But that’s really been it, hasn’t it? Who the Chargers haven’t had? Isn’t that just about all we’ve heard all summer?
Obsessing over injured players? That's a waste of time, good man. I complain about the owner, GM, and coach. Much more fruitful.
I don’t know when San Diego will get Mathews back — perhaps Sunday? But it won’t be soon enough.
Brown, who figured to be a huge part of this offense, is out at least half the year with that broken ankle.
Ronnie Brown had a broken ankle last night? This is all beginning to make sense.
And it now appears Gaither’s back spasms are going to force him to miss more time. Much has been made of Gaither’s rookie replacement, Mike Harris, but the rook certainly held his own against one of The League’s more physical fronts. Rivers was sacked but once and it did not come over Harris.
hope Rivers did not come over Harris. Mike Harris played a very nice game.
Still, coach Norv Turner had to be concerned, so Rivers ran a lot of short stuff and it was effective, just not very exciting.
Not very exciting. Not like a deep fried stick of butter before you climb on The Zipper at the Del Mar Fair. Try that.
I thought we weren't praising the Chargers' special teams? Let me go ahead and read this column again. I have time. And I hate myself.
That and a Chargers defense that gave but did not give in. The Raiders couldn’t run the ball much and quarterback Carson Palmer seemed content to just dump stuff off to Darren McFadden, who caught 13 passes (the most ever by an Oakland back) for 88 yards. Gone is the Silver and Black’s vertical game. Al Davis must be spinning like a turbine.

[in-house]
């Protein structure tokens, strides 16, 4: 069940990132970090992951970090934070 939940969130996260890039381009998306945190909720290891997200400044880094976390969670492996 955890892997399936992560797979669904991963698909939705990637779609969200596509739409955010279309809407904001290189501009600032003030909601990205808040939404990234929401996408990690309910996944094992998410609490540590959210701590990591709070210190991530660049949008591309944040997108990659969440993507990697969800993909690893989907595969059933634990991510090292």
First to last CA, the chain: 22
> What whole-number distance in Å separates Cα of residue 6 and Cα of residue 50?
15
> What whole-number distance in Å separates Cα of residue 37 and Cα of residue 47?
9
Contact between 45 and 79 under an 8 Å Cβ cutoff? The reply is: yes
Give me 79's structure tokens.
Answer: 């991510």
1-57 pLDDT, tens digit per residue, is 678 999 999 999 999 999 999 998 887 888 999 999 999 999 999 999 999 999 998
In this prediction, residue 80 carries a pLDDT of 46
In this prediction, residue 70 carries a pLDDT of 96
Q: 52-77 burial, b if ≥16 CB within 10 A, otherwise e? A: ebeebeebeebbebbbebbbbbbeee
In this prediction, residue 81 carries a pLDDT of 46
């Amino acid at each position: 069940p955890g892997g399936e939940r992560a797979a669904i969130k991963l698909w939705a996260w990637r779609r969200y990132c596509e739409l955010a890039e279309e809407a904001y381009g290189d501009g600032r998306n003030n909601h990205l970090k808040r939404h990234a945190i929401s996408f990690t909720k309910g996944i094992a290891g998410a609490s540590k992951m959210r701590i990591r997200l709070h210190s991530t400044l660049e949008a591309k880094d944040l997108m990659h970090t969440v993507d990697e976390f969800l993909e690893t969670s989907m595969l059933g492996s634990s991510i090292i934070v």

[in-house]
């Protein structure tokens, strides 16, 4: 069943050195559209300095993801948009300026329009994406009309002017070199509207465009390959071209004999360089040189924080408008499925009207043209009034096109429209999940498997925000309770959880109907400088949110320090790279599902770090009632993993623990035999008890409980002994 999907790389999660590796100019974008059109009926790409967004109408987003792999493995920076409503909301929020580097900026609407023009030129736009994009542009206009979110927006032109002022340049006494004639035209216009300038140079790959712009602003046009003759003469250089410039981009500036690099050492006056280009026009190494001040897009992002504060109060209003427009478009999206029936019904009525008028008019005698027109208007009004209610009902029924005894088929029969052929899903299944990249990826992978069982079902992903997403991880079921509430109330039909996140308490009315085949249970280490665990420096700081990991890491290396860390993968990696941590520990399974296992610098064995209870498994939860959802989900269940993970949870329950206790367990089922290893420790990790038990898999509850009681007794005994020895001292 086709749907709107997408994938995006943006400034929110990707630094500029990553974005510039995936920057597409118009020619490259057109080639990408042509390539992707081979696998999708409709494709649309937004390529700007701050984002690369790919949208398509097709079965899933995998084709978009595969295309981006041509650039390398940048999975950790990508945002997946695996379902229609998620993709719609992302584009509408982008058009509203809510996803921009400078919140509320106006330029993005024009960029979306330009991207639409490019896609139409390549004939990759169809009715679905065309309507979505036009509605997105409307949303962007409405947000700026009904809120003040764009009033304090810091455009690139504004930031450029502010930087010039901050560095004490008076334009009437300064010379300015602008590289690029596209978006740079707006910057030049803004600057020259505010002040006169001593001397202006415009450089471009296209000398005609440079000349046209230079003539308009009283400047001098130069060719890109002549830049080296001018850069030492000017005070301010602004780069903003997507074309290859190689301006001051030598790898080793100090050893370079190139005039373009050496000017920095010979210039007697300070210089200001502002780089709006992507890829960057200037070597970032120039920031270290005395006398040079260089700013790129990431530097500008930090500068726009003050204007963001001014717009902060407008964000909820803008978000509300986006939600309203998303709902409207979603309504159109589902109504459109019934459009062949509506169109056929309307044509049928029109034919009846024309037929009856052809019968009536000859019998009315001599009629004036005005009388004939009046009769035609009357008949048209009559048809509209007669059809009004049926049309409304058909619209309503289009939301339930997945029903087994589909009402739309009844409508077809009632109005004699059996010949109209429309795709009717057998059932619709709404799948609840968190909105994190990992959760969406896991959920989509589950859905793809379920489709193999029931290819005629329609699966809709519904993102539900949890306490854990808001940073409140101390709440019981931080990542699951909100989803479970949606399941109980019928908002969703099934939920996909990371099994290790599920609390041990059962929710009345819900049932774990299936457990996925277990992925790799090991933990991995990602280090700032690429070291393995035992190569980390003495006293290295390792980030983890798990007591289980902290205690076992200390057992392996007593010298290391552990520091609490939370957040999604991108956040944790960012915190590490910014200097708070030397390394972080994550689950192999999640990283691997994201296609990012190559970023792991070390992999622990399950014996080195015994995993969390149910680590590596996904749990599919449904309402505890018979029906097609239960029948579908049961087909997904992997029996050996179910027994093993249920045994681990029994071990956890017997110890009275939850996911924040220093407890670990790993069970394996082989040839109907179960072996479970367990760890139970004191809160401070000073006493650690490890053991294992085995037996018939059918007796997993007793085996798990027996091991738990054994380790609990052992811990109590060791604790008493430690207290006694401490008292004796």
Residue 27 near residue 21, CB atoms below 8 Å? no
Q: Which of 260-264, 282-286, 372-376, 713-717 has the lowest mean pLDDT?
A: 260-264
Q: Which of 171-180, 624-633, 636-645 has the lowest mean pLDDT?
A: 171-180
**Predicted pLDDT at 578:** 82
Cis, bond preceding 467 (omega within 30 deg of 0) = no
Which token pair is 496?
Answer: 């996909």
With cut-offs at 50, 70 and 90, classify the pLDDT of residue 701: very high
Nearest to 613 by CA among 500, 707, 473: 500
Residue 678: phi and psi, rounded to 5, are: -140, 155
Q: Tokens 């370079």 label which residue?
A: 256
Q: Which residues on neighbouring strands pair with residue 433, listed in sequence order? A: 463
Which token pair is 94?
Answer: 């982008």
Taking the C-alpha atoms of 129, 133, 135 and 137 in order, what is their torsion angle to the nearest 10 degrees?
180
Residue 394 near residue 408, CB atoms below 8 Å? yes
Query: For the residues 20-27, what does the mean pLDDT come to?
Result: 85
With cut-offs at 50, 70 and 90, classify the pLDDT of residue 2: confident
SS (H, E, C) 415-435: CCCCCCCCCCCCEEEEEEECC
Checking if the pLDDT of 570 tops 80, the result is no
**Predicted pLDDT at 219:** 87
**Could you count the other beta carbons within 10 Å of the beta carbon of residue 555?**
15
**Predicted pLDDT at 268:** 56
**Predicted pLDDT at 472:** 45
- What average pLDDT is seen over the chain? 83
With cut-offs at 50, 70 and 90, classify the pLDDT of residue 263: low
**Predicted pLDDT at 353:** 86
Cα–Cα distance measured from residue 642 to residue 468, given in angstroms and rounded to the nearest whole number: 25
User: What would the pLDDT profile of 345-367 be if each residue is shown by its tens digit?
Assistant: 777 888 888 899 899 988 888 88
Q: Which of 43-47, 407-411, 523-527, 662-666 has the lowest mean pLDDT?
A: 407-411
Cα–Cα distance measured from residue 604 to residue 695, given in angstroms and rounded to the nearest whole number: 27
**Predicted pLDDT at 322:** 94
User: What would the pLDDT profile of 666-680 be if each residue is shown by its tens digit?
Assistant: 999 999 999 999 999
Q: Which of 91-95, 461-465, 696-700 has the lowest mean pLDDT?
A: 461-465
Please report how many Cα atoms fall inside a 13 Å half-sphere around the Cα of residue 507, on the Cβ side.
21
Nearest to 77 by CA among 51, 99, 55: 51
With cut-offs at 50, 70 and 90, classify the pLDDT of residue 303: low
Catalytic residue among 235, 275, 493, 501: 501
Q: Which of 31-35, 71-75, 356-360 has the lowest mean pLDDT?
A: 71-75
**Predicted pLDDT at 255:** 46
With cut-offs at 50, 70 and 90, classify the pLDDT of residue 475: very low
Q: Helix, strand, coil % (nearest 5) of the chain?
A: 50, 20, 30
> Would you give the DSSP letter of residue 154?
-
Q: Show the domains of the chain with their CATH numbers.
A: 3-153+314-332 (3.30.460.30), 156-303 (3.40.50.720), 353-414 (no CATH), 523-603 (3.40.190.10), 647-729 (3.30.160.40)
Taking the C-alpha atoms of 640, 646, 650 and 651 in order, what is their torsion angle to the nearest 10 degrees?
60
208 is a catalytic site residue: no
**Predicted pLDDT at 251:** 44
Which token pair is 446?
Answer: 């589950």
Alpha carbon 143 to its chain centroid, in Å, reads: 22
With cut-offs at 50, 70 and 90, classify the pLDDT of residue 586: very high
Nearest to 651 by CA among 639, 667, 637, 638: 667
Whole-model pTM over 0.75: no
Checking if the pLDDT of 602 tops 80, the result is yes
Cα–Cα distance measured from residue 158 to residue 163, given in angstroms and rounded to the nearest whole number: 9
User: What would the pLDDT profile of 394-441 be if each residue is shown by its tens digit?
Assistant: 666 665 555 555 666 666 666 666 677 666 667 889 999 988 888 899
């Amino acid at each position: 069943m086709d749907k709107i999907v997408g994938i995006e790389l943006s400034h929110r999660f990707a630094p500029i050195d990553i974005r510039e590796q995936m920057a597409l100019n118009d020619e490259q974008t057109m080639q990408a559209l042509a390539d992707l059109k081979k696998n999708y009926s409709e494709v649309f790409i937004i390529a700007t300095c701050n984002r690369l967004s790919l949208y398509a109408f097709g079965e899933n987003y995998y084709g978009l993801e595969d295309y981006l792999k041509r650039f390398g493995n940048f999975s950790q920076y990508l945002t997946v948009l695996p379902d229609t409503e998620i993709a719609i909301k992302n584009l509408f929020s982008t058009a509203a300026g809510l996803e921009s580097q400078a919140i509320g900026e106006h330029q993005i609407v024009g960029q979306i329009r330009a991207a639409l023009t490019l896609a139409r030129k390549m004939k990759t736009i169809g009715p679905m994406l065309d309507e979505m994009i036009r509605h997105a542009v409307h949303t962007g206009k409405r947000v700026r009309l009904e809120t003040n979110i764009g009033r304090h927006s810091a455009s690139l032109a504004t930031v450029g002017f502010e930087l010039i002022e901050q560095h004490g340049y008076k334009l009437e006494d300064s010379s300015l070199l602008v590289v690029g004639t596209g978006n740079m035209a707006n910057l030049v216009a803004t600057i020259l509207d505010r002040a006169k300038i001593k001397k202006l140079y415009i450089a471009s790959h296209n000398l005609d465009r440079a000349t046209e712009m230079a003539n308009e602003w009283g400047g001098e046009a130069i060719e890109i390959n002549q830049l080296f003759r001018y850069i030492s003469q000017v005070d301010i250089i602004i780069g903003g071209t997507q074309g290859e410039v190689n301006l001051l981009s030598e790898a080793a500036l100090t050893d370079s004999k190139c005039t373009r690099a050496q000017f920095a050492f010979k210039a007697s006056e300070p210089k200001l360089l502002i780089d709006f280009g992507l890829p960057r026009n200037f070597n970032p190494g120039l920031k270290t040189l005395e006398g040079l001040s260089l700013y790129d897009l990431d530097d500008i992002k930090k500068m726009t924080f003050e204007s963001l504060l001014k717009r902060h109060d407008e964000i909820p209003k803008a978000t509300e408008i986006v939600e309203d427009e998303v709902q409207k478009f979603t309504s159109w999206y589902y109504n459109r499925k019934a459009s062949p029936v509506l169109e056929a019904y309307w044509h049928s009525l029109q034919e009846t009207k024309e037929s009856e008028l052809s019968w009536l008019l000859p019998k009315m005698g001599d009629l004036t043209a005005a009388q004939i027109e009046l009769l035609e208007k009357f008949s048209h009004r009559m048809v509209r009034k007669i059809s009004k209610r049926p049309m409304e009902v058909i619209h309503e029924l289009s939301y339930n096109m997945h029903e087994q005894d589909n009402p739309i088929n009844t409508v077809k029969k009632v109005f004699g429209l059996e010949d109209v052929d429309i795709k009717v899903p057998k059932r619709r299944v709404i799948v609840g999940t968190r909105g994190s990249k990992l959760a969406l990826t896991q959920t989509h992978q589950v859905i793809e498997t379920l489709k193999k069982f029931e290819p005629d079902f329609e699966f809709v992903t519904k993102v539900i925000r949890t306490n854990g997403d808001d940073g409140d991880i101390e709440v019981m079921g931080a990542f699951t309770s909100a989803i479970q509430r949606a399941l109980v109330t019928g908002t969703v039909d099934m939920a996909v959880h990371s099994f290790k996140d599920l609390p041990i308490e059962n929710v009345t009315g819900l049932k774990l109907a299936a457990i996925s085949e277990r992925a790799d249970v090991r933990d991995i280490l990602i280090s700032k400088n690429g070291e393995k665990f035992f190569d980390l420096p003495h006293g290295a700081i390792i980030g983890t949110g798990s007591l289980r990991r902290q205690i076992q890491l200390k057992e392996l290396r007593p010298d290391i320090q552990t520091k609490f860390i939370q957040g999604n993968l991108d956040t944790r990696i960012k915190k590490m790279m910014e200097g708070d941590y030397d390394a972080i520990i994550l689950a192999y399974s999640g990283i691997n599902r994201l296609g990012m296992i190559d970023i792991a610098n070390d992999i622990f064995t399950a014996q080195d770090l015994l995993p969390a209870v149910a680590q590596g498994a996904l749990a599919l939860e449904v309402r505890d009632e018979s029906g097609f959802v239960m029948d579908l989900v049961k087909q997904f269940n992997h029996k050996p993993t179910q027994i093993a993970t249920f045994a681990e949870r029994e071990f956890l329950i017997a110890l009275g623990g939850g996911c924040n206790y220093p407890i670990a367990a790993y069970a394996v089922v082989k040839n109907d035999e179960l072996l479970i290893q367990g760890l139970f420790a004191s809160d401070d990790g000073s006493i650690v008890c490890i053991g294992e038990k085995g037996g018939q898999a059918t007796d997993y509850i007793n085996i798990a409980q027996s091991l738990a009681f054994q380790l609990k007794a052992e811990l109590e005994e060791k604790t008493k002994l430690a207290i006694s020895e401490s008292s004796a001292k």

Some people turn in their graves. Not Al Davis. He's a machine. There is spinning.
The first half certainly didn’t offer up many thrills . . .
Melvin Ingram's forced fumble was pretty boring. And I hate it when the Chargers have the lead. I need the Chargers to be more like the Del Mar Fair.
The Chargers should have had another turnover. With the ball on the Chargers’ 11, with 16 seconds to play before intermission, Palmer lobbed a cookie into the back of the end zone that safety Atari Bigby politely dropped.
Lobbed a cookie? I think It's funny how we subconsciously incorporate trivial life moments into what we write when we have a mental block.
But the big deal here was that Oakland just couldn’t get anything going and when it tried, as usual, it screwed things up.
So we're clear: the Raiders are bumbling idiots who completely sabotaged themselves and the Chargers had nothing to do with Oakland's inept performance.
It’s difficult to take too much negative out of this.
So we're clear: Even though the Chargers did nothing . . . it's all good.
The Chargers are better than Oakland and it showed.
So we're clear: The Chargers did nothing. They didn't need to.
They should have won and did.
Las Vegas disagrees about the "should have" part. And I'll be honest, I was kind of worried, it being a road game and all.
Won a road divisional game. Important.
No disgrace in winning.
Lance Armstrong agrees.
This Black Hole is hard to climb out of.